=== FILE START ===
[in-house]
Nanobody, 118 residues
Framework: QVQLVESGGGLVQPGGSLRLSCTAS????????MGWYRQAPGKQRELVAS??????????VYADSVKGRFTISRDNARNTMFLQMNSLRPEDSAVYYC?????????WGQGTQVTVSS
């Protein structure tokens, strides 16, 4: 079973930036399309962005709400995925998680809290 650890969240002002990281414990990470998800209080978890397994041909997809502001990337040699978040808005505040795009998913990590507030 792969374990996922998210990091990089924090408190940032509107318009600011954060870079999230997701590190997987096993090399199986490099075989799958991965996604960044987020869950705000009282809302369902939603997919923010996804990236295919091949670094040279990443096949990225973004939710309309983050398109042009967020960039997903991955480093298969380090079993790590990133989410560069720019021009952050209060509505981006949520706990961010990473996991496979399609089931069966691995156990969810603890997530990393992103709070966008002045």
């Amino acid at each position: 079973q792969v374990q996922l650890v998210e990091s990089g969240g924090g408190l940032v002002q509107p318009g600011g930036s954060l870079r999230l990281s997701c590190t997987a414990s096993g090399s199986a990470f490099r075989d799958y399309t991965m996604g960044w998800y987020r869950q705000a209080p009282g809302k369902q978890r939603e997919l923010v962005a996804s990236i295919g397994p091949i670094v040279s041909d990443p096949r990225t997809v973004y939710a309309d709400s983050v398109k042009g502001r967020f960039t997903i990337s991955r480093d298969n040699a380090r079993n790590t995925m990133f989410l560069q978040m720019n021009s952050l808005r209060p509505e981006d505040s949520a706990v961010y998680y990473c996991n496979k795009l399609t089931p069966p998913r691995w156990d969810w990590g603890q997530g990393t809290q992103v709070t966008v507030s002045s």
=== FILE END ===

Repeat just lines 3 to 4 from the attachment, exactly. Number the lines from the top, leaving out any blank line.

Framework: QVQLVESGGGLVQPGGSLRLSCTAS????????MGWYRQAPGKQRELVAS??????????VYADSVKGRFTISRDNARNTMFLQMNSLRPEDSAVYYC?????????WGQGTQVTVSS
């Protein structure tokens, strides 16, 4: 079973930036399309962005709400995925998680809290 650890969240002002990281414990990470998800209080978890397994041909997809502001990337040699978040808005505040795009998913990590507030 792969374990996922998210990091990089924090408190940032509107318009600011954060870079999230997701590190997987096993090399199986490099075989799958991965996604960044987020869950705000009282809302369902939603997919923010996804990236295919091949670094040279990443096949990225973004939710309309983050398109042009967020960039997903991955480093298969380090079993790590990133989410560069720019021009952050209060509505981006949520706990961010990473996991496979399609089931069966691995156990969810603890997530990393992103709070966008002045």